It didn’t take me long to be grateful for my daughter’s boss and stop being annoyed that I wasn’t the one teaching her how to bake. And when my younger daughter came home from school complaining about something she was struggling with, I knew that she didn’t want me showing up at school on her behalf, so I asked who she trusted–an advisor? She said she had never really clicked with her advisor, but there was one teacher she liked a lot, who seemed to care what she thought and how she was doing. I encouraged her to reach out and ask if this teacher would help her advocate for herself and it turned out to be a great solution. The teacher knew the protocols and the players and she really did care about my daughter, and together they were able to get to a reasonable outcome.

Bosses and mentors and teachers and coaches, aunties and religious leaders and grandparents are all examples of people who see our kids differently than we do and expect different things from them. And they’re all incredibly important pieces of the puzzle because they are gradually building our kids’ confidence and emotional intelligence and networks. According to The Search Institute, five crucial elements of relationships teens need in order to thrive are:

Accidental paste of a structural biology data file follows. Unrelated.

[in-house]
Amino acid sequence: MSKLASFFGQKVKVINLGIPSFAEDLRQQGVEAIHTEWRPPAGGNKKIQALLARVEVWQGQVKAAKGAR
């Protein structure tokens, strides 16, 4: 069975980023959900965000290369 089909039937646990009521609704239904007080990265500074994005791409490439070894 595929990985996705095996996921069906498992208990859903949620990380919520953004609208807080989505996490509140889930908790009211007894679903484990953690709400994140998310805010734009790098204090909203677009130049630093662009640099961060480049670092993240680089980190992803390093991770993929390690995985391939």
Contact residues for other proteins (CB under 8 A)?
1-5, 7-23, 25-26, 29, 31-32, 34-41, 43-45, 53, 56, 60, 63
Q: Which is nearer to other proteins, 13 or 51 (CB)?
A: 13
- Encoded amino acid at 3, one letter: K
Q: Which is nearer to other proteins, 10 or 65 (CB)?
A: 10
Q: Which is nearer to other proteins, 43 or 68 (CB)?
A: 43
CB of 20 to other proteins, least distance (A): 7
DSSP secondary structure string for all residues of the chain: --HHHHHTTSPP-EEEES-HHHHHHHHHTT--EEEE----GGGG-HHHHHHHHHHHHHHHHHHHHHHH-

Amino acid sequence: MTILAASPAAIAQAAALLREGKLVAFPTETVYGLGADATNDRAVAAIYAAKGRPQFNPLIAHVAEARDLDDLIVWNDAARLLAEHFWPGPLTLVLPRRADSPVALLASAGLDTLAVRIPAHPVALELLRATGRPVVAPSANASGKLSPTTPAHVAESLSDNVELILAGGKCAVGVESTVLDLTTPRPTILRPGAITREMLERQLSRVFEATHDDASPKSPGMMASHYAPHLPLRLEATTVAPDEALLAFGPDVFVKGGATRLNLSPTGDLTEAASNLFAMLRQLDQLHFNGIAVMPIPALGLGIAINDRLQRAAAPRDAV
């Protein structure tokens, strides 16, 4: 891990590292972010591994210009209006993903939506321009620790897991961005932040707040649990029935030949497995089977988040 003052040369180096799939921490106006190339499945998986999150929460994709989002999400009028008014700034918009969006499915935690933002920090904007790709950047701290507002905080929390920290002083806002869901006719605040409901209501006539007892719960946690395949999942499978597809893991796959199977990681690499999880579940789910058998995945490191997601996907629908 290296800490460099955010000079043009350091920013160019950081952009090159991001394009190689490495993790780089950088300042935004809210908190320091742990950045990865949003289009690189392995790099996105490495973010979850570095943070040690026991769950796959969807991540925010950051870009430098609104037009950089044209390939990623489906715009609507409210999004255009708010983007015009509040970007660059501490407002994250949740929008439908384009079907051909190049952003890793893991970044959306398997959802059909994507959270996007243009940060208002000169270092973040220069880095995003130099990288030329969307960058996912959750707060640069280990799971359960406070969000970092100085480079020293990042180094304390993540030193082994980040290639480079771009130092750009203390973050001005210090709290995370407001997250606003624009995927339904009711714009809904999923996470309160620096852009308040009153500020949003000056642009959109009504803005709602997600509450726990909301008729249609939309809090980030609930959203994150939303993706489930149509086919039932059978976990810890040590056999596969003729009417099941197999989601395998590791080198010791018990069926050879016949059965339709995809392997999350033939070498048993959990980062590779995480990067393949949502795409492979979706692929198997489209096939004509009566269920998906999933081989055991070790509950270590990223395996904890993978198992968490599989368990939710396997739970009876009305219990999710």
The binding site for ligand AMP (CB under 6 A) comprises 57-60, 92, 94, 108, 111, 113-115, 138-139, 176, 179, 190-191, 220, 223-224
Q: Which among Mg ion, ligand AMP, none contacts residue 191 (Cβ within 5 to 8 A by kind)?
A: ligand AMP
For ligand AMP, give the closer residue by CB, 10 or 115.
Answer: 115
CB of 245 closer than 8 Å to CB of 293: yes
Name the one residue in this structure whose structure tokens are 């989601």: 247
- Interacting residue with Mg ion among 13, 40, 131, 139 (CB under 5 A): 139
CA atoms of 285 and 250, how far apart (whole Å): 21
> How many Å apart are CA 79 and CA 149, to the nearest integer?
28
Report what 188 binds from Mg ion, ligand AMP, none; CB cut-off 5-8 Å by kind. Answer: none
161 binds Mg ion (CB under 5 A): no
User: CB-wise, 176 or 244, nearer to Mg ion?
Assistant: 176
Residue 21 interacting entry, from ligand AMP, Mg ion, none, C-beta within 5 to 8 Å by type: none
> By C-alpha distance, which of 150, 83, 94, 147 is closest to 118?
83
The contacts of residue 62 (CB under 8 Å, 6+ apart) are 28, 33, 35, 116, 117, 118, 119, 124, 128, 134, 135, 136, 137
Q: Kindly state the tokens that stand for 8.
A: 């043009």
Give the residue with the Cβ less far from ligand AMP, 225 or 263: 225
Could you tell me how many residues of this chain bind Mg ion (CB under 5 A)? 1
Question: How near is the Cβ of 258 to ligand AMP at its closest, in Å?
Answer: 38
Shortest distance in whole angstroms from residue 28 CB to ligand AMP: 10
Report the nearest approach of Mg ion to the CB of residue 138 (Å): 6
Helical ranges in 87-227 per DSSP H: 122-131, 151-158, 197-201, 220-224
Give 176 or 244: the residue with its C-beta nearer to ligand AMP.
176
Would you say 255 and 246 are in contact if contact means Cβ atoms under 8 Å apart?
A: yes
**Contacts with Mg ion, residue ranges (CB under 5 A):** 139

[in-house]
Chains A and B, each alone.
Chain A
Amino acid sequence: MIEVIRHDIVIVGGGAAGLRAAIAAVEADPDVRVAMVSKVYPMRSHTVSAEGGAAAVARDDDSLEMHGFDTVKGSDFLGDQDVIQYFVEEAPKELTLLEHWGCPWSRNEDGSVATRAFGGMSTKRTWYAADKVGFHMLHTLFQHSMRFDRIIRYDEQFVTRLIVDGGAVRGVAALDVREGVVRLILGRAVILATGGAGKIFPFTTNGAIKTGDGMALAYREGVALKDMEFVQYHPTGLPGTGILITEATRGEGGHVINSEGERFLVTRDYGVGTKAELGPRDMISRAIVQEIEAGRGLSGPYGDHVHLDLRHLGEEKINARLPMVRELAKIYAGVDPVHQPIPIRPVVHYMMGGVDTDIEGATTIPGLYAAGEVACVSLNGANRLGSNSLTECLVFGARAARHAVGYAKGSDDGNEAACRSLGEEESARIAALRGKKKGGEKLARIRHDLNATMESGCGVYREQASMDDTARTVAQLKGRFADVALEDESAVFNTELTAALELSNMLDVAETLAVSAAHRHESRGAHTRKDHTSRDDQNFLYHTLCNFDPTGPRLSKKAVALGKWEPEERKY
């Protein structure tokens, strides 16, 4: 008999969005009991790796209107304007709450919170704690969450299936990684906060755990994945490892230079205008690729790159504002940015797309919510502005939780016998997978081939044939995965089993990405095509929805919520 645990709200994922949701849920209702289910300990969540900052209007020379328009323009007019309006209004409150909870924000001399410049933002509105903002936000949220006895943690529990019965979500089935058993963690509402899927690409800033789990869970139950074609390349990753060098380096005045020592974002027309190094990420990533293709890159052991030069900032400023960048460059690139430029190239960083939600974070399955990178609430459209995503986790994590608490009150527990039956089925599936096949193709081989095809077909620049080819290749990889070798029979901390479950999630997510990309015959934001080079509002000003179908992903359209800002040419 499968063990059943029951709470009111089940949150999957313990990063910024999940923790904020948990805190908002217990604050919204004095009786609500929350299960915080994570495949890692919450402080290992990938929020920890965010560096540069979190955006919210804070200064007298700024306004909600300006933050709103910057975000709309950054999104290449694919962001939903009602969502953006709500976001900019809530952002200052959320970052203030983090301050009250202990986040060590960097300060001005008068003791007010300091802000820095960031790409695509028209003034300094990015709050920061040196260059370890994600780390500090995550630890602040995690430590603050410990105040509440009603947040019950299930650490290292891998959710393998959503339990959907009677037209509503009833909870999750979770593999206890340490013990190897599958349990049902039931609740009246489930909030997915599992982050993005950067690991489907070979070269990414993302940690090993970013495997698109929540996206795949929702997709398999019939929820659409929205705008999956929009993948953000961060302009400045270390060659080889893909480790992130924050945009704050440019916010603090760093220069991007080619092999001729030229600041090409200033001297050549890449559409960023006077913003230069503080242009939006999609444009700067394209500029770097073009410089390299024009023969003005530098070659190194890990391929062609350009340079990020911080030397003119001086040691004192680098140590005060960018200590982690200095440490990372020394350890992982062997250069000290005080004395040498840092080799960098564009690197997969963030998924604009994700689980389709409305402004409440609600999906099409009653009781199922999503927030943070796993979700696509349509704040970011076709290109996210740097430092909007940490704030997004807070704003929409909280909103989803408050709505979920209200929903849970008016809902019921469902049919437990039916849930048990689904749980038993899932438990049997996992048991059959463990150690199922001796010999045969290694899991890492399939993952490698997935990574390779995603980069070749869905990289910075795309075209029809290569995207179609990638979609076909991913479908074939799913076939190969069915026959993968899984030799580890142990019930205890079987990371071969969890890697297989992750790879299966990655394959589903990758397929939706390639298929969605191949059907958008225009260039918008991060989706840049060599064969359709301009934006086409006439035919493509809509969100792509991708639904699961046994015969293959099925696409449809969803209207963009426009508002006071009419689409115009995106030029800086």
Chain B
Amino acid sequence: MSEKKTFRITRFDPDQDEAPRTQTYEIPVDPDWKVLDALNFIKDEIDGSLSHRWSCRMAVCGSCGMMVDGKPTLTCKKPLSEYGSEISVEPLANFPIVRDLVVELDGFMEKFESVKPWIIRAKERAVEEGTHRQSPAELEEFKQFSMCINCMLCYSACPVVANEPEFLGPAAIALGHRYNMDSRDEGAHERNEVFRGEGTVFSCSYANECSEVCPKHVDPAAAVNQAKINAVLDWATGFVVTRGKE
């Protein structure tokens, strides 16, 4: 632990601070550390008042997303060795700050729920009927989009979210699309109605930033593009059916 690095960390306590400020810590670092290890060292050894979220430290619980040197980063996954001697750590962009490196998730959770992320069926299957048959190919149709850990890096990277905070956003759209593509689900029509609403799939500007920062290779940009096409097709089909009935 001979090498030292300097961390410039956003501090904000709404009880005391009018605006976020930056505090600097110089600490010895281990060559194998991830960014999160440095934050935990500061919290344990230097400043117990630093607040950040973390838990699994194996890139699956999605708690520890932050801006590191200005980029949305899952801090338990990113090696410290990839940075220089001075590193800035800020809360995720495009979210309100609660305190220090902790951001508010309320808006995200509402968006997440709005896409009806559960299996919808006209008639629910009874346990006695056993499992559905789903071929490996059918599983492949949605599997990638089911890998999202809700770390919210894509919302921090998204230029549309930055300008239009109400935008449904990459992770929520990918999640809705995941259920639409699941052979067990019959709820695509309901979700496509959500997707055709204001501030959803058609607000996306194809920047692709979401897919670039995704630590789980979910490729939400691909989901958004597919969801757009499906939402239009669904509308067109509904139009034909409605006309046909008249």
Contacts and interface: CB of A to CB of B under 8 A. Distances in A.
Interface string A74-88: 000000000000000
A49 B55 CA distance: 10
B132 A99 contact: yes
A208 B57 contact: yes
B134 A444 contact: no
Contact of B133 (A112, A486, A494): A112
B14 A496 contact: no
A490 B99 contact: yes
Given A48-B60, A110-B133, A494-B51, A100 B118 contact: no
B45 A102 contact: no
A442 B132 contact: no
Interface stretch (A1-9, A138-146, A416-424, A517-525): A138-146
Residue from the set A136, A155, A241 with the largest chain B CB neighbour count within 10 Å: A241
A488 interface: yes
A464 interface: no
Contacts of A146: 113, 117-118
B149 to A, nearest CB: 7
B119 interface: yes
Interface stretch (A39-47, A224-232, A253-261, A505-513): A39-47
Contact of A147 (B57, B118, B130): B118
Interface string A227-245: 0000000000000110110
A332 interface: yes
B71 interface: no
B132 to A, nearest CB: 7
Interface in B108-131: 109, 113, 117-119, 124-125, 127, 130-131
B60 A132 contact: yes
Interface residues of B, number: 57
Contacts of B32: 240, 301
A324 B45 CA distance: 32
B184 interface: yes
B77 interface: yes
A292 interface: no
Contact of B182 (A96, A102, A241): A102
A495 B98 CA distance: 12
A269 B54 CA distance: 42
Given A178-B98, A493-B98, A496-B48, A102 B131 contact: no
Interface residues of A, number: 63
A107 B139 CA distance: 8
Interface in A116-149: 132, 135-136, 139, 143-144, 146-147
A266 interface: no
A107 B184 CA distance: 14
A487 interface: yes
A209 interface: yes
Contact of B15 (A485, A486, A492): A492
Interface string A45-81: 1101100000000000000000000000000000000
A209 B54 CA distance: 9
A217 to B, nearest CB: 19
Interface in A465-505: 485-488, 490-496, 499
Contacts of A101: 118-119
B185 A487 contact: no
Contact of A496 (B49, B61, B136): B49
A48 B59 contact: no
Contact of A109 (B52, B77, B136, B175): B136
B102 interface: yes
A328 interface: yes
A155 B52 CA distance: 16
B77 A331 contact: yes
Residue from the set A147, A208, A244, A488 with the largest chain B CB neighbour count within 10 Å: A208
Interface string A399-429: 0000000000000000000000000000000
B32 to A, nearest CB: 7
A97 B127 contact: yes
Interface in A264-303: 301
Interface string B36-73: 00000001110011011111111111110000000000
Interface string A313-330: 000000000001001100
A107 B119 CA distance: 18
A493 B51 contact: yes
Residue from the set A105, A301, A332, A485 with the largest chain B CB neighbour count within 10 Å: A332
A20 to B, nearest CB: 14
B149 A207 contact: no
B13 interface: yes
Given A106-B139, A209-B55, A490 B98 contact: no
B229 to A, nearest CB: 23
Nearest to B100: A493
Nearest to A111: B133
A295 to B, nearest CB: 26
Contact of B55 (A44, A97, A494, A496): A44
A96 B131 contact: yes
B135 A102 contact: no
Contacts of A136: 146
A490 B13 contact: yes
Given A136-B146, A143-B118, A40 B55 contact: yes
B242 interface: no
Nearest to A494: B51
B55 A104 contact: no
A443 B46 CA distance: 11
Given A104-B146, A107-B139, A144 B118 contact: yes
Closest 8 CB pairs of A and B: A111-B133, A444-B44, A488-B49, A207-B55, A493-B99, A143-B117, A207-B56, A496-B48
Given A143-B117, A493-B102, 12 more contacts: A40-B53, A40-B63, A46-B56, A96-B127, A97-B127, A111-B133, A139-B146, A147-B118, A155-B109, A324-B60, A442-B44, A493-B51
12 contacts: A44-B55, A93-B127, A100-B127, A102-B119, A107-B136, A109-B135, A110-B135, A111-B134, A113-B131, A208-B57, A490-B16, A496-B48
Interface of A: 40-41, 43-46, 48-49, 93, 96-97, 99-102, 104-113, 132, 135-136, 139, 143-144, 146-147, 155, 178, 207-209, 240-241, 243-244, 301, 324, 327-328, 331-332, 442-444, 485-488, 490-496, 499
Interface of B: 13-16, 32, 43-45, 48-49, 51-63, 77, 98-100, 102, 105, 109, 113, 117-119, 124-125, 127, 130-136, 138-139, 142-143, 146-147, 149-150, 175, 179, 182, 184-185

1. Caring – who, in this teen’s life, is dependable, warm, offers encouragement, listens to the teen and helps build their confidence?
  2. Growth – who sees this teen’s potential, holds them accountable for their choices, and helps them reflect on their mistakes and define areas for improvement?
  3. Support – who guides them through systems they encounter, empowers them to find their own path, advocates for them and helps them stay on track?
  4. Shares Power – who respects this teen, includes them in important decisions, collaborates with them and gives them opportunities to lead?
  5. Expands Possibilities – who inspires this teen to dream, exposes them to new ideas, and connects them to other people who can inform and assist them?